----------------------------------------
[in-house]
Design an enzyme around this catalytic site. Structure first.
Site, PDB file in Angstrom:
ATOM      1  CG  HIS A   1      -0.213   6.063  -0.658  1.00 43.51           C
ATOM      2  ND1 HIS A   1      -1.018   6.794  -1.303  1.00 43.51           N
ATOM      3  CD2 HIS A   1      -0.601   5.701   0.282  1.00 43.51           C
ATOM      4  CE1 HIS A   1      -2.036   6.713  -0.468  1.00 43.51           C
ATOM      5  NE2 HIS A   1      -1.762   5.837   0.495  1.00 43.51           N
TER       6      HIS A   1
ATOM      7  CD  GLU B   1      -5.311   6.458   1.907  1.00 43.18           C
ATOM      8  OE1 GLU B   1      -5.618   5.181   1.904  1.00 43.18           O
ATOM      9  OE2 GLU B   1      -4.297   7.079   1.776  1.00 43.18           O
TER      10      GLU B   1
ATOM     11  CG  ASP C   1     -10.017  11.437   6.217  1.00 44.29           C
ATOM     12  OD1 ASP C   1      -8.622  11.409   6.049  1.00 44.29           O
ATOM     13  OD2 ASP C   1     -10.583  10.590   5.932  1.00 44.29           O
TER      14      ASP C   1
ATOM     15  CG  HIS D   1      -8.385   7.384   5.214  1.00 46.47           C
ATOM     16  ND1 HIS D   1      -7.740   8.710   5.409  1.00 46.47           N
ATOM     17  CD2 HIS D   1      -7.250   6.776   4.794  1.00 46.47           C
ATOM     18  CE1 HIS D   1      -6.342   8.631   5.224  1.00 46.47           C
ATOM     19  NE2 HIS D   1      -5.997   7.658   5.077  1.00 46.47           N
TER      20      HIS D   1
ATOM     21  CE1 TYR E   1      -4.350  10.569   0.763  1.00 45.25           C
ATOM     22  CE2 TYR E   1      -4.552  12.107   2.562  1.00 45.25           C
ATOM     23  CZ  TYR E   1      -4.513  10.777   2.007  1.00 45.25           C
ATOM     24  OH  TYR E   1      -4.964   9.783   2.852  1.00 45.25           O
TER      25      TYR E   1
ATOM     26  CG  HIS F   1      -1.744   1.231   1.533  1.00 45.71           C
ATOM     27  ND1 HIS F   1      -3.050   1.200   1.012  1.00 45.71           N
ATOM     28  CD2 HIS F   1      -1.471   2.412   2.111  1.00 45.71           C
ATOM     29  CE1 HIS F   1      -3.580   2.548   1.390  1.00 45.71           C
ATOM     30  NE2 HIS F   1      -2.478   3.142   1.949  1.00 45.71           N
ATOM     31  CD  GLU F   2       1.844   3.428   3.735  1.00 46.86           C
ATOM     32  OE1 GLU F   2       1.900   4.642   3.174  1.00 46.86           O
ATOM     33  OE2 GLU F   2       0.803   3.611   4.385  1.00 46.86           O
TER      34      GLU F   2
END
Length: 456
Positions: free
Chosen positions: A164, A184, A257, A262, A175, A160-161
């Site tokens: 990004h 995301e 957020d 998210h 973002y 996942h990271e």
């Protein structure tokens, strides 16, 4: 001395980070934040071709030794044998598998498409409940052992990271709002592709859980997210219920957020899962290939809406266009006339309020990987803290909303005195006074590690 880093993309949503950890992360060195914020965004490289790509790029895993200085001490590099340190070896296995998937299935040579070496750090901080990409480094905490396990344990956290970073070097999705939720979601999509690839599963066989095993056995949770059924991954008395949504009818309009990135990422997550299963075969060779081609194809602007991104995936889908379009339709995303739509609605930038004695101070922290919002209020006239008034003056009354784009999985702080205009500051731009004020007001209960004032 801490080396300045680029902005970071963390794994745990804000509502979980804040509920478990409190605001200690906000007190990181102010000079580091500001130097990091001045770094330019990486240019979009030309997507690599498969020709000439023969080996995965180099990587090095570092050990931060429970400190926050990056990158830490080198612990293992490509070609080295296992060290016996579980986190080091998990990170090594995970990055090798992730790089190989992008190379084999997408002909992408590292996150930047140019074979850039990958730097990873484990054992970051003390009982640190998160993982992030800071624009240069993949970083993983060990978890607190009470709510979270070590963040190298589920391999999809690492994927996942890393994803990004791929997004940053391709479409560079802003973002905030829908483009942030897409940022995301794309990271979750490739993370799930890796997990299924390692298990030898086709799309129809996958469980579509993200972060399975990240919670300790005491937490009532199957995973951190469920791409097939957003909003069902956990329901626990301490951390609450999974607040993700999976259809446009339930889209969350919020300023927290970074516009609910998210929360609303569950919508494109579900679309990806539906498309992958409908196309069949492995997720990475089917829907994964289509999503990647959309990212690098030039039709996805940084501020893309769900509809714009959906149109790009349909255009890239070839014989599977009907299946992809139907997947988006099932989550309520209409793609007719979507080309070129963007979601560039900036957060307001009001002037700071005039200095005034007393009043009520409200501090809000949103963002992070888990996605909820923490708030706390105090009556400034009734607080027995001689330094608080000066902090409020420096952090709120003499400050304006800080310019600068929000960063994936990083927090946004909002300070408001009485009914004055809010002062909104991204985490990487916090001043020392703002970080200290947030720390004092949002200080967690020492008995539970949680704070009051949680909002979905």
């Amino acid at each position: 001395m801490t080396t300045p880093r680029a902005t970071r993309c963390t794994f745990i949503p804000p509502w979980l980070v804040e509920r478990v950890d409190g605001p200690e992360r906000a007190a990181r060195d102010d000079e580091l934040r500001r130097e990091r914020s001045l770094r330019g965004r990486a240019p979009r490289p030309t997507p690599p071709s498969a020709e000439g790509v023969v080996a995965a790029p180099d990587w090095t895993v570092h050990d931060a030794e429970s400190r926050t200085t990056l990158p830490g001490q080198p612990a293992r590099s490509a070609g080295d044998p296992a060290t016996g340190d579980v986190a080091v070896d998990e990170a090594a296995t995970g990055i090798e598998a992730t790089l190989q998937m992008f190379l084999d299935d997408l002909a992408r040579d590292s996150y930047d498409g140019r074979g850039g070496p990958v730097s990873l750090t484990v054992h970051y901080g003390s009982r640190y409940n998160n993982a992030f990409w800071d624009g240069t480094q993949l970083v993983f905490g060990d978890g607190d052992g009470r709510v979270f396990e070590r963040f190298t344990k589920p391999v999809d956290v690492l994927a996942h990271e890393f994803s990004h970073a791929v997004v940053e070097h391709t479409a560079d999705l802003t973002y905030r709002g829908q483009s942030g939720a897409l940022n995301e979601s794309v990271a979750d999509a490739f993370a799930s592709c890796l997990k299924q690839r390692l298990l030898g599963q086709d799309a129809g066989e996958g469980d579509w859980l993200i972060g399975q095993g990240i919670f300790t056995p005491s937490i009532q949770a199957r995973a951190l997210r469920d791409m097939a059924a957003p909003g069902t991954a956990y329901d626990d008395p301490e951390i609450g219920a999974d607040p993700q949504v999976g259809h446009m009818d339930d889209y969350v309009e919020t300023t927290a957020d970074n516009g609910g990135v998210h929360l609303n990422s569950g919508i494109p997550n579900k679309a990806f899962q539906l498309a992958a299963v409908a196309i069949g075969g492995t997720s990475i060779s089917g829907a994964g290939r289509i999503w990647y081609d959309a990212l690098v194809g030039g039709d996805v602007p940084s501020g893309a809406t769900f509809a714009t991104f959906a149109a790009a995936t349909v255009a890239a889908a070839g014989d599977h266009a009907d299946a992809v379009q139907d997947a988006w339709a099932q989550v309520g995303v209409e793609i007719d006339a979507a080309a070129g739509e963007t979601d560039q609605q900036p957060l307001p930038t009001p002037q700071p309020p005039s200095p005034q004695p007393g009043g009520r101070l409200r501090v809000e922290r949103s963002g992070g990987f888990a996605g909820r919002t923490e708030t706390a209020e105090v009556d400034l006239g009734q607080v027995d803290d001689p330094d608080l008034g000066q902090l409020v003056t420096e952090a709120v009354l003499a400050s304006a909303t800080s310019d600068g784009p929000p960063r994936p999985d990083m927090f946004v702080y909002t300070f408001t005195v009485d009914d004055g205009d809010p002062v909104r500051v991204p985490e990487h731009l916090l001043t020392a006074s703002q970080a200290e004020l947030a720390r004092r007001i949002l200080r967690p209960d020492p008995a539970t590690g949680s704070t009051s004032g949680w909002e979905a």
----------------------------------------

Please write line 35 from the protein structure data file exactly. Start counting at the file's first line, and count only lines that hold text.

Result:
ATOM     32  OE1 GLU F   2       1.900   4.642   3.174  1.00 46.86           O